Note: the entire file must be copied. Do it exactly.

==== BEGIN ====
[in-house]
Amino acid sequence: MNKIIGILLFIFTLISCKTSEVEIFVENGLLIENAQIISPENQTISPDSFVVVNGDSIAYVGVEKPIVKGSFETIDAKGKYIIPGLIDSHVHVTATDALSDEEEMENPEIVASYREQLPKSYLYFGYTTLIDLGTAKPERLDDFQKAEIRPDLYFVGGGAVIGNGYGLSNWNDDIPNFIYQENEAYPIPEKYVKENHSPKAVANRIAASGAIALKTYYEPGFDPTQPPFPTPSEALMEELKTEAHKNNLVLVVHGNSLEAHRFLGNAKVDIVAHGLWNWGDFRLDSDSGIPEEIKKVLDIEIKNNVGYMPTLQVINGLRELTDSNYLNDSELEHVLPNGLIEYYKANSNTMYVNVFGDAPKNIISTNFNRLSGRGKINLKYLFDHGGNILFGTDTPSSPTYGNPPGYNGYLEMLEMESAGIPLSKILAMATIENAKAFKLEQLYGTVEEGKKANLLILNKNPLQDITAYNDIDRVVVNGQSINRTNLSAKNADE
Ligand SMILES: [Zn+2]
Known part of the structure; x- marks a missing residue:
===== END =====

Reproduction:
[in-house]
Amino acid sequence: MNKIIGILLFIFTLISCKTSEVEIFVENGLLIENAQIISPENQTISPDSFVVVNGDSIAYVGVEKPIVKGSFETIDAKGKYIIPGLIDSHVHVTATDALSDEEEMENPEIVASYREQLPKSYLYFGYTTLIDLGTAKPERLDDFQKAEIRPDLYFVGGGAVIGNGYGLSNWNDDIPNFIYQENEAYPIPEKYVKENHSPKAVANRIAASGAIALKTYYEPGFDPTQPPFPTPSEALMEELKTEAHKNNLVLVVHGNSLEAHRFLGNAKVDIVAHGLWNWGDFRLDSDSGIPEEIKKVLDIEIKNNVGYMPTLQVINGLRELTDSNYLNDSELEHVLPNGLIEYYKANSNTMYVNVFGDAPKNIISTNFNRLSGRGKINLKYLFDHGGNILFGTDTPSSPTYGNPPGYNGYLEMLEMESAGIPLSKILAMATIENAKAFKLEQLYGTVEEGKKANLLILNKNPLQDITAYNDIDRVVVNGQSINRTNLSAKNADE
Ligand SMILES: [Zn+2]
Known part of the structure; x- marks a missing residue: